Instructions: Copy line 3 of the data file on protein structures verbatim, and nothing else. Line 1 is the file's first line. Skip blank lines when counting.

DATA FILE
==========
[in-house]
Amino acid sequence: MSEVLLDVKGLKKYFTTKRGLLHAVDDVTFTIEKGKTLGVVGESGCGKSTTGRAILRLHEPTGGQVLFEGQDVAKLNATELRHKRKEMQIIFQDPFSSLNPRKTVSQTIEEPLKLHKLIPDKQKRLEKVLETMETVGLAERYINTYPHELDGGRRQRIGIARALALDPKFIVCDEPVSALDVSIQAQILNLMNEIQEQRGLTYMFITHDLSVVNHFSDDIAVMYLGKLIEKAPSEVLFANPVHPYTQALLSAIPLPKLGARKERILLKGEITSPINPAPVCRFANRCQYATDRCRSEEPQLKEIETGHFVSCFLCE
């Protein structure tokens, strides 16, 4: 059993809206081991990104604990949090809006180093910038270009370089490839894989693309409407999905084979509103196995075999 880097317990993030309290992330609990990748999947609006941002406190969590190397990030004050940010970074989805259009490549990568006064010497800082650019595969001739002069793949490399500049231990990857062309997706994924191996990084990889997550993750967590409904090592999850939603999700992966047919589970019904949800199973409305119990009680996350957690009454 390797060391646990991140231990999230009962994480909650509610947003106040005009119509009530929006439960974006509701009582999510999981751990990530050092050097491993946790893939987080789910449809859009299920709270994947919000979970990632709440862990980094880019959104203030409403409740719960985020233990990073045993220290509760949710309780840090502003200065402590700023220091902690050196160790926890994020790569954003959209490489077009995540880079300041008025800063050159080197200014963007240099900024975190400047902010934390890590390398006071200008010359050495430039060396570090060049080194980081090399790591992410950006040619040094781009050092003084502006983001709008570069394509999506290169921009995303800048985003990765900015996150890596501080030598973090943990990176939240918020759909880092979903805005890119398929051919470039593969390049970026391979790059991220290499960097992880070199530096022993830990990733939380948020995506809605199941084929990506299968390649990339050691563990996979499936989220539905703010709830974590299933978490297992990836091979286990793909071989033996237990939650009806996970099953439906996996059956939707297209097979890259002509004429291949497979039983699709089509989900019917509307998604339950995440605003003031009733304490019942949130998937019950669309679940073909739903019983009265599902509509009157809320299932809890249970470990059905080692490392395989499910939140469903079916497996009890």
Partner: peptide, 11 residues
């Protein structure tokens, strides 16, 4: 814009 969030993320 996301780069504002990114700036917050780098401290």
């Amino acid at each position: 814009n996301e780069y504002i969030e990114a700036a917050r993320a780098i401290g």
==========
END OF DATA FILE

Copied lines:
């Protein structure tokens, strides 16, 4: 059993809206081991990104604990949090809006180093910038270009370089490839894989693309409407999905084979509103196995075999 880097317990993030309290992330609990990748999947609006941002406190969590190397990030004050940010970074989805259009490549990568006064010497800082650019595969001739002069793949490399500049231990990857062309997706994924191996990084990889997550993750967590409904090592999850939603999700992966047919589970019904949800199973409305119990009680996350957690009454 390797060391646990991140231990999230009962994480909650509610947003106040005009119509009530929006439960974006509701009582999510999981751990990530050092050097491993946790893939987080789910449809859009299920709270994947919000979970990632709440862990980094880019959104203030409403409740719960985020233990990073045993220290509760949710309780840090502003200065402590700023220091902690050196160790926890994020790569954003959209490489077009995540880079300041008025800063050159080197200014963007240099900024975190400047902010934390890590390398006071200008010359050495430039060396570090060049080194980081090399790591992410950006040619040094781009050092003084502006983001709008570069394509999506290169921009995303800048985003990765900015996150890596501080030598973090943990990176939240918020759909880092979903805005890119398929051919470039593969390049970026391979790059991220290499960097992880070199530096022993830990990733939380948020995506809605199941084929990506299968390649990339050691563990996979499936989220539905703010709830974590299933978490297992990836091979286990793909071989033996237990939650009806996970099953439906996996059956939707297209097979890259002509004429291949497979039983699709089509989900019917509307998604339950995440605003003031009733304490019942949130998937019950669309679940073909739903019983009265599902509509009157809320299932809890249970470990059905080692490392395989499910939140469903079916497996009890």